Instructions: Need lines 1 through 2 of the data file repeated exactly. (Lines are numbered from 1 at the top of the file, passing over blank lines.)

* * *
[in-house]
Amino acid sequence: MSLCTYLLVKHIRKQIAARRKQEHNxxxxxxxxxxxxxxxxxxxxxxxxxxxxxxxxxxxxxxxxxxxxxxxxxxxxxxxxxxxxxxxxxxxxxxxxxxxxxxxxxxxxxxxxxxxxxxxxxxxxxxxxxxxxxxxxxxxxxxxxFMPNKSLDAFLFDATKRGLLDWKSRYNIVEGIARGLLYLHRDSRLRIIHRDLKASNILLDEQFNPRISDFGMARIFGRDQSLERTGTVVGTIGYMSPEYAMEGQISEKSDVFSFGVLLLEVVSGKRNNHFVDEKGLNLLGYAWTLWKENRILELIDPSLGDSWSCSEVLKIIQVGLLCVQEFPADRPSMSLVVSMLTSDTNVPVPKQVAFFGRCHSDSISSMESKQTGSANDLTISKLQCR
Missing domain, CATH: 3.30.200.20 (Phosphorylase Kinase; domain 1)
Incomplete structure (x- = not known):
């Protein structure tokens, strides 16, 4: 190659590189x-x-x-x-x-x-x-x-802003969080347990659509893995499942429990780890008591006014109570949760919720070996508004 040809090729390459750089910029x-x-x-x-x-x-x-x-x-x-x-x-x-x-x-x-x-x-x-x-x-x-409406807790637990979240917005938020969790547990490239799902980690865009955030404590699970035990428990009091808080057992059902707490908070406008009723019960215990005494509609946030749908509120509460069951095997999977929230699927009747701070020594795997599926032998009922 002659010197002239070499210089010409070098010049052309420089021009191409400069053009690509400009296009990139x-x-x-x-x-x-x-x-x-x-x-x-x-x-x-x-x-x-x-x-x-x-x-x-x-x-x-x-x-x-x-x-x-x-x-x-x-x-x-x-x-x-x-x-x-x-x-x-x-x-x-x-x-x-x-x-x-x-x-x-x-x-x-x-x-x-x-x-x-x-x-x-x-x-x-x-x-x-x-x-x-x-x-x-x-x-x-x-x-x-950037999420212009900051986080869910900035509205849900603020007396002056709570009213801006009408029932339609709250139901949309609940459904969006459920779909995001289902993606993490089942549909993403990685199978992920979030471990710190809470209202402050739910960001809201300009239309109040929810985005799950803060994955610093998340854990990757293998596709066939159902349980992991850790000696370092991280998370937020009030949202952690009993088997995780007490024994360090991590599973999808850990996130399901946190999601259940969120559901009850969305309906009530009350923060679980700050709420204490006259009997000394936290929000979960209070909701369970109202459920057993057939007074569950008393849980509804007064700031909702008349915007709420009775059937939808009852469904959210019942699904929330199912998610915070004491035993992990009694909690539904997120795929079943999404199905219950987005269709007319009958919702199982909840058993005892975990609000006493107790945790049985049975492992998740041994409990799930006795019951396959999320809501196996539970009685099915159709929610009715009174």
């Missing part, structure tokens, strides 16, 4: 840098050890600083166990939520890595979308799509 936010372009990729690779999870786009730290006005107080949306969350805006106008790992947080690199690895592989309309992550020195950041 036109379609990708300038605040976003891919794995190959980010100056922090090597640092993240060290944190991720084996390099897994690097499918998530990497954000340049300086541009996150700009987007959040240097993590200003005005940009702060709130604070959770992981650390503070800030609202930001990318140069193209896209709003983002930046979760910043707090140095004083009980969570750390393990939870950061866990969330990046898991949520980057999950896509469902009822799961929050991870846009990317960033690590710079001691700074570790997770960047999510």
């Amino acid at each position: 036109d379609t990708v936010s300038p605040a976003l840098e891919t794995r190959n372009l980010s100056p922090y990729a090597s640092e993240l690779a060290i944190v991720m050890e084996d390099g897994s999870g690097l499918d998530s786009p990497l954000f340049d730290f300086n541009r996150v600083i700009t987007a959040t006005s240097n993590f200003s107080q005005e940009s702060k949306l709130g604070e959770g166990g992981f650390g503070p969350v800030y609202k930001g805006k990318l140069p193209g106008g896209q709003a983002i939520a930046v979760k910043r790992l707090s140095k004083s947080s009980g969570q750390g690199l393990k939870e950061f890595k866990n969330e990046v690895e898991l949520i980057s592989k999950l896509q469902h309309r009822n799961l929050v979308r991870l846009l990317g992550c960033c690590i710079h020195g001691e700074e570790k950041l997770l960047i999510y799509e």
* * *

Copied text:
[in-house]
Amino acid sequence: MSLCTYLLVKHIRKQIAARRKQEHNxxxxxxxxxxxxxxxxxxxxxxxxxxxxxxxxxxxxxxxxxxxxxxxxxxxxxxxxxxxxxxxxxxxxxxxxxxxxxxxxxxxxxxxxxxxxxxxxxxxxxxxxxxxxxxxxxxxxxxxxFMPNKSLDAFLFDATKRGLLDWKSRYNIVEGIARGLLYLHRDSRLRIIHRDLKASNILLDEQFNPRISDFGMARIFGRDQSLERTGTVVGTIGYMSPEYAMEGQISEKSDVFSFGVLLLEVVSGKRNNHFVDEKGLNLLGYAWTLWKENRILELIDPSLGDSWSCSEVLKIIQVGLLCVQEFPADRPSMSLVVSMLTSDTNVPVPKQVAFFGRCHSDSISSMESKQTGSANDLTISKLQCR